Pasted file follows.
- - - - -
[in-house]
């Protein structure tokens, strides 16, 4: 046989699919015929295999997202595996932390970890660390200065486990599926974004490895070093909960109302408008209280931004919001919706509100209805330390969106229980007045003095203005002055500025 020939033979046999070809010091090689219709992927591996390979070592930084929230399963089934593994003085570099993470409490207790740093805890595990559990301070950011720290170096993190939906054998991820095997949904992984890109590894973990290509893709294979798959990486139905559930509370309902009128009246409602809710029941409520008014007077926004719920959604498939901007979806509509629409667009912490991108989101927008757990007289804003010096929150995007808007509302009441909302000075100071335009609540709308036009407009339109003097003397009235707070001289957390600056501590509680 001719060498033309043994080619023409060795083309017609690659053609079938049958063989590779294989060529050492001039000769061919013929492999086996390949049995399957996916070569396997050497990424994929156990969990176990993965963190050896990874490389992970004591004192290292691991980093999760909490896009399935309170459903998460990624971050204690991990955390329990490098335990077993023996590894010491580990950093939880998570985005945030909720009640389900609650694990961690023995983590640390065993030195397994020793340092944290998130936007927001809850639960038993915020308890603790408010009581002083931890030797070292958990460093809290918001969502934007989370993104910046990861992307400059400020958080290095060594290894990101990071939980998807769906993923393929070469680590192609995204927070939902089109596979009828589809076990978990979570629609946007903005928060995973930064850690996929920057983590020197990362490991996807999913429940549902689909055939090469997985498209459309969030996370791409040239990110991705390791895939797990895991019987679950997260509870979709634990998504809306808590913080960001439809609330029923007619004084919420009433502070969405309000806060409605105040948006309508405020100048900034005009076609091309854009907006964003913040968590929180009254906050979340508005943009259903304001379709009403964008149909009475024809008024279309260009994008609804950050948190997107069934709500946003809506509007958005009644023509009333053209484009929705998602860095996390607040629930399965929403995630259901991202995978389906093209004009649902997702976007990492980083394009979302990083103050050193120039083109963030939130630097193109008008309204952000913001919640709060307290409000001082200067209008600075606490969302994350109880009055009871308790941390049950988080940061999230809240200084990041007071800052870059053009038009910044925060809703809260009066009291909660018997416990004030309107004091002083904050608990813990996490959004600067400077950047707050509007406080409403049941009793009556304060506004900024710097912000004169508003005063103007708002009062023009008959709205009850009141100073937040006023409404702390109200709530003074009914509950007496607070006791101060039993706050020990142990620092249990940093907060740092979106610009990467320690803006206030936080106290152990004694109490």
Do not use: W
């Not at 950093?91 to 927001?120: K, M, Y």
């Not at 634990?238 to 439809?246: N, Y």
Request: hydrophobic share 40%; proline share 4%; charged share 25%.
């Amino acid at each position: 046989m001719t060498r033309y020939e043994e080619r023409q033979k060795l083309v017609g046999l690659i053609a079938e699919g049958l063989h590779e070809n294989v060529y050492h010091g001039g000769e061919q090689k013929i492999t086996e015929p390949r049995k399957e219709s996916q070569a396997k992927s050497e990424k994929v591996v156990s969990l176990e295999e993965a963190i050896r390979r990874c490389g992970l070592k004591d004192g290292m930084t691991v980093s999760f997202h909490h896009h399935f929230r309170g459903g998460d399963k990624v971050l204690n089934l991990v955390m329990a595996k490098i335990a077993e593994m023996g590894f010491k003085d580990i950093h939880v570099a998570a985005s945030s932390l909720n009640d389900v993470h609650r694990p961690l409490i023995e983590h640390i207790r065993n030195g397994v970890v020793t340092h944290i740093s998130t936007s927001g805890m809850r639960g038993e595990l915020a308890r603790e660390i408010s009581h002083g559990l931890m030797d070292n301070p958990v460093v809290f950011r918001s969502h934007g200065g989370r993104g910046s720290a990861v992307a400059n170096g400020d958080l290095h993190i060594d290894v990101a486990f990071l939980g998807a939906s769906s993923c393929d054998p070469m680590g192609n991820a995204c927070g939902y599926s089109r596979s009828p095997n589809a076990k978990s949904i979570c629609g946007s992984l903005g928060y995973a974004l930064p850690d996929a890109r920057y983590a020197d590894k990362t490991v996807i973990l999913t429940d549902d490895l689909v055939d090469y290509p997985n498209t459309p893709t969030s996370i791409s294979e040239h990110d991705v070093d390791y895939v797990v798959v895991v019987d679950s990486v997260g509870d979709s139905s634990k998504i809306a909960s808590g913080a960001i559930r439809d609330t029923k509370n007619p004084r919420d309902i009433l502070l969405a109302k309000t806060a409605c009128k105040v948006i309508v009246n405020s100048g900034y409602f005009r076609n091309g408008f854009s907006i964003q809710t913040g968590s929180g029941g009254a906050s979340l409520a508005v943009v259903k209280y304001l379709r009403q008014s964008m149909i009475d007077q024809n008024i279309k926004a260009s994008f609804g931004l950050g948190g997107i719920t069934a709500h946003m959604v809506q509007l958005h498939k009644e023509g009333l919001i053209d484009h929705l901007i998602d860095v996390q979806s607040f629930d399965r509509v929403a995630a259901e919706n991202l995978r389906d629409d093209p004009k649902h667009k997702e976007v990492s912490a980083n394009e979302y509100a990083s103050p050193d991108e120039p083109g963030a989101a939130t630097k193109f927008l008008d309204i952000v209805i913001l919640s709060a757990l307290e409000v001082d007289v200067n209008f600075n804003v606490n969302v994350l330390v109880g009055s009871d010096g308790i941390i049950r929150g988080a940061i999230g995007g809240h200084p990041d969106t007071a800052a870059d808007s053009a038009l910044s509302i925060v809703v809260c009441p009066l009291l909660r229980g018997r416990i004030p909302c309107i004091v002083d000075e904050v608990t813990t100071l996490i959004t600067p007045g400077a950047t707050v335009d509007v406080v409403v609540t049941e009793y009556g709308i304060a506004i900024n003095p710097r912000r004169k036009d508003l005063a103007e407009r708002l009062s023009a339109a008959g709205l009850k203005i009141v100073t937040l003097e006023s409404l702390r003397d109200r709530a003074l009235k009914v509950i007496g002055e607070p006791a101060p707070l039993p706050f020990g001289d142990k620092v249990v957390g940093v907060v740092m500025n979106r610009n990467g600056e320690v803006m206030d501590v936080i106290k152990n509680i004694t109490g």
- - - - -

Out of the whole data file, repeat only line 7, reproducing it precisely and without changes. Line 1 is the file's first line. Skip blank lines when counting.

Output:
């Amino acid at each position: 046989m001719t060498r033309y020939e043994e080619r023409q033979k060795l083309v017609g046999l690659i053609a079938e699919g049958l063989h590779e070809n294989v060529y050492h010091g001039g000769e061919q090689k013929i492999t086996e015929p390949r049995k399957e219709s996916q070569a396997k992927s050497e990424k994929v591996v156990s969990l176990e295999e993965a963190i050896r390979r990874c490389g992970l070592k004591d004192g290292m930084t691991v980093s999760f997202h909490h896009h399935f929230r309170g459903g998460d399963k990624v971050l204690n089934l991990v955390m329990a595996k490098i335990a077993e593994m023996g590894f010491k003085d580990i950093h939880v570099a998570a985005s945030s932390l909720n009640d389900v993470h609650r694990p961690l409490i023995e983590h640390i207790r065993n030195g397994v970890v020793t340092h944290i740093s998130t936007s927001g805890m809850r639960g038993e595990l915020a308890r603790e660390i408010s009581h002083g559990l931890m030797d070292n301070p958990v460093v809290f950011r918001s969502h934007g200065g989370r993104g910046s720290a990861v992307a400059n170096g400020d958080l290095h993190i060594d290894v990101a486990f990071l939980g998807a939906s769906s993923c393929d054998p070469m680590g192609n991820a995204c927070g939902y599926s089109r596979s009828p095997n589809a076990k978990s949904i979570c629609g946007s992984l903005g928060y995973a974004l930064p850690d996929a890109r920057y983590a020197d590894k990362t490991v996807i973990l999913t429940d549902d490895l689909v055939d090469y290509p997985n498209t459309p893709t969030s996370i791409s294979e040239h990110d991705v070093d390791y895939v797990v798959v895991v019987d679950s990486v997260g509870d979709s139905s634990k998504i809306a909960s808590g913080a960001i559930r439809d609330t029923k509370n007619p004084r919420d309902i009433l502070l969405a109302k309000t806060a409605c009128k105040v948006i309508v009246n405020s100048g900034y409602f005009r076609n091309g408008f854009s907006i964003q809710t913040g968590s929180g029941g009254a906050s979340l409520a508005v943009v259903k209280y304001l379709r009403q008014s964008m149909i009475d007077q024809n008024i279309k926004a260009s994008f609804g931004l950050g948190g997107i719920t069934a709500h946003m959604v809506q509007l958005h498939k009644e023509g009333l919001i053209d484009h929705l901007i998602d860095v996390q979806s607040f629930d399965r509509v929403a995630a259901e919706n991202l995978r389906d629409d093209p004009k649902h667009k997702e976007v990492s912490a980083n394009e979302y509100a990083s103050p050193d991108e120039p083109g963030a989101a939130t630097k193109f927008l008008d309204i952000v209805i913001l919640s709060a757990l307290e409000v001082d007289v200067n209008f600075n804003v606490n969302v994350l330390v109880g009055s009871d010096g308790i941390i049950r929150g988080a940061i999230g995007g809240h200084p990041d969106t007071a800052a870059d808007s053009a038009l910044s509302i925060v809703v809260c009441p009066l009291l909660r229980g018997r416990i004030p909302c309107i004091v002083d000075e904050v608990t813990t100071l996490i959004t600067p007045g400077a950047t707050v335009d509007v406080v409403v609540t049941e009793y009556g709308i304060a506004i900024n003095p710097r912000r004169k036009d508003l005063a103007e407009r708002l009062s023009a339109a008959g709205l009850k203005i009141v100073t937040l003097e006023s409404l702390r003397d109200r709530a003074l009235k009914v509950i007496g002055e607070p006791a101060p707070l039993p706050f020990g001289d142990k620092v249990v957390g940093v907060v740092m500025n979106r610009n990467g600056e320690v803006m206030d501590v936080i106290k152990n509680i004694t109490g």